Solution to finalisation problem [Re: fork()]

Tim Peters tim_one at
Tue Jun 15 02:54:30 CEST 1999

[Greg Ewing]
> Indeed, which leads me to believe that the idea of giving objects
> a __del__ method is fundamentally flawed in the first place.

> Except it works so nice in "the usual" case (no cycle, no resurrection):
> everyone agrees on what should be done then, and it's remarkably
> surprise-free!

[Graham Matthews]
> The problem with this argument

Thought of it as an observation; unless there's some argument about what to
do in the absence of cycles that everyone has been too shy to make here

> Tim is that is is very difficult for the programmer to recognise when
> they are in "the usual case", since circular references are easy to
> create. Hence it is very difficult for the programmer to verify the
> correctness of their code.

"is" is too strong in both cases.  "can be" I'll buy.  In the majority of
classes I've written or seen, it's obvious that instances can never be part
of a cycle -- or, more rarely, obvious that they can be.  Does get muddier
over time with "big classes", though (e.g., the implementation of IDLE
appears to be growing more cyclic relations over time, and that's not

> ...
> No cycles are not the problem. The problem is that finalisers are run in
> "incomplete contexts".

*A* problem I buy; not "the".

> These incomplete contexts arise because implementations of GC delete
> or partially delete collected objects before calling finalisers.
> That is a mistake.

Insert "some" after "because" & I agree.

> If you run *all* finalisers of *all* collected objects before you
> actually delete or partially delete any of those objects then all
> finalisers run in well defined contexts and there are no problems
> with finalisers.

Sure there are:  finalizers in cycles remain largely useless in practice
without a way to specify the order in which they're invoked.  Go back to the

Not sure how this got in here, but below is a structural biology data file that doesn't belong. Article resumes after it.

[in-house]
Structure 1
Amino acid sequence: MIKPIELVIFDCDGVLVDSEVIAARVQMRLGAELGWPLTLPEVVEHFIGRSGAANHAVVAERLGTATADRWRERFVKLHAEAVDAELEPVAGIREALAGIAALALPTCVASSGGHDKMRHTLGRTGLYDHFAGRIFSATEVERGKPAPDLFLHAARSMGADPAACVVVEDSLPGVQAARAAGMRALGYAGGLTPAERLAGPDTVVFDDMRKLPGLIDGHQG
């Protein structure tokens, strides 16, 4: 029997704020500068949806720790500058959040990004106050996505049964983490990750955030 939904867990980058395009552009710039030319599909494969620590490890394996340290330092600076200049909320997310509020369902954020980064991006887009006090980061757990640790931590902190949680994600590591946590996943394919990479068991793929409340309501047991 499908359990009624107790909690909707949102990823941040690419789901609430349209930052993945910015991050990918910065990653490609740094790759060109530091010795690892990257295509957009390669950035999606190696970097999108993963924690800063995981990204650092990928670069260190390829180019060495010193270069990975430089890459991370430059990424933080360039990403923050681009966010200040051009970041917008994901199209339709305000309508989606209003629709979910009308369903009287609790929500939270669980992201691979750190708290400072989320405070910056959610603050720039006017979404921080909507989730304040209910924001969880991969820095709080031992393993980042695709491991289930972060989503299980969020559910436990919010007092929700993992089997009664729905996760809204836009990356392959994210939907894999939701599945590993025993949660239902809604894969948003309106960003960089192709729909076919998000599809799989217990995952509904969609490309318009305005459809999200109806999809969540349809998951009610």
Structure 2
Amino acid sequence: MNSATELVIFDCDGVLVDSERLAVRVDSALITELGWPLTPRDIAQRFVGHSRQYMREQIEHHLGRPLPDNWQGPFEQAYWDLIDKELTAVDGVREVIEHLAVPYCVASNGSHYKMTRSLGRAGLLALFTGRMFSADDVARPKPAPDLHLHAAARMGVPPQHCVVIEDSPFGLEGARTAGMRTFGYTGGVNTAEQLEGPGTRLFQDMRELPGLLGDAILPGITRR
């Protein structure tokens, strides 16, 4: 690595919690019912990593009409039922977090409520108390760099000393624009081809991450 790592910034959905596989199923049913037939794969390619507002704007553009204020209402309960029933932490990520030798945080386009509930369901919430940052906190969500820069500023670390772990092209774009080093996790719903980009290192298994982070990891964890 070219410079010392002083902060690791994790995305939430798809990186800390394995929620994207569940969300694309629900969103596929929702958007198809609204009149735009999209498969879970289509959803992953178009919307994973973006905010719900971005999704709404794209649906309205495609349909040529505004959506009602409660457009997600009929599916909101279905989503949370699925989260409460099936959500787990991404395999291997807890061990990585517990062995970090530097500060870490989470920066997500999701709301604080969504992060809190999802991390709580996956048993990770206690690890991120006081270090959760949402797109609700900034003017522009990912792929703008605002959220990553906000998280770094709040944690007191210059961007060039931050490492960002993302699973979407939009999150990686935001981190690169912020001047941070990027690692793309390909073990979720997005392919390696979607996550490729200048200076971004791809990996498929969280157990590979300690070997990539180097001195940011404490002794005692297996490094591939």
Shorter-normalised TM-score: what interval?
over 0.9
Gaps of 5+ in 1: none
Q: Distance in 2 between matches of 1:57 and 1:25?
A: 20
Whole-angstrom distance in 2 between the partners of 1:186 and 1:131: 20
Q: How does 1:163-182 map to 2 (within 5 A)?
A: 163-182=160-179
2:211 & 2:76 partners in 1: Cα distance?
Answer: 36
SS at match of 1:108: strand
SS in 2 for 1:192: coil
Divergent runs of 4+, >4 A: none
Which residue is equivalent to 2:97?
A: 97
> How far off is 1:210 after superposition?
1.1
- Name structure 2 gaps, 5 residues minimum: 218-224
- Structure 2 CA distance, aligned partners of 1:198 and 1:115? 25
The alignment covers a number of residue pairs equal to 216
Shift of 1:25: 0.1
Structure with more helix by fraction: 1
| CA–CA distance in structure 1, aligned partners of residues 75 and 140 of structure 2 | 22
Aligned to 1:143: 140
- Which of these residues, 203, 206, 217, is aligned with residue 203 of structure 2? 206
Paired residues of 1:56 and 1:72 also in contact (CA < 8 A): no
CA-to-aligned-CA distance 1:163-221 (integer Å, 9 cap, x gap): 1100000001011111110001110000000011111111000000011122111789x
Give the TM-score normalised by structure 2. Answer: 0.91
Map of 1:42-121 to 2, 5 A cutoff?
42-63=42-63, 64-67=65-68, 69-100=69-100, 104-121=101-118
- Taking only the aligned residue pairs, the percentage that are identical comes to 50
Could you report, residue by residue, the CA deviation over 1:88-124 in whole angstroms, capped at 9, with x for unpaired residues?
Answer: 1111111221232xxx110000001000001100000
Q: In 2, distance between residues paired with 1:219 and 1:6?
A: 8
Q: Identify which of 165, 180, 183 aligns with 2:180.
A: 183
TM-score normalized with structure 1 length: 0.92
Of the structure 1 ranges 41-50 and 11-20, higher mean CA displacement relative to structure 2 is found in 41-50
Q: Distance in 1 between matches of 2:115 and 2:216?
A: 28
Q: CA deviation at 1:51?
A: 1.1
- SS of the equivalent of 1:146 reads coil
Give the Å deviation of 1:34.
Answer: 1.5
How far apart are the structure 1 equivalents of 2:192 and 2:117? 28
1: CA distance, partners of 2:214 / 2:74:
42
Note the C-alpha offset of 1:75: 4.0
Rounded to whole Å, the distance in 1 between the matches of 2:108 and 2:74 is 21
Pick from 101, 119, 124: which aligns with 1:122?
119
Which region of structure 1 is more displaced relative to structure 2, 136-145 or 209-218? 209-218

Java part of the thread.  The language can't know whether a cycle needs to
be finalized in a particular order, or, if it does, what that order may be.
In Java this has nothing to do with partial deletion:  the spec is very
clear that the implementation must guarantee that all objects reachable from
a finalizer are wholly intact when the finalizer is run.  What it doesn't
say-- because it can't --is that all objects reachable from a finalizer will
be in a "useful" state.  That's left on the programmer's head, and when e.g.
child and parent can be finalized in either order or even simultaneously,
correct non-trivial finalizers are jokingly difficult to write.

The Scheme guardian gimmick at least attempts to address this, by never
finalizing anything by magic, leaving it up to the programmer to explicity
ask for an enumeration of the currently-finalizable objects and nuking them
or not however the programmer sees fit.  If a cycle needs special treatment,
it's up to the programmer to realize that a cycle exists and "do the right
thing" by their own lights.  The language doesn't help, but at least it
doesn't get in the way by doing a wrong thing either; it simply doesn't do
anything at all.

> That is the point of two pass collection.

Understood the first time; but if finalizers are to be invoked on cycle
members, that's just necessary, not sufficient.

a-problem-isn't-solved-until-the-users-agree-ly y'rs  - tim

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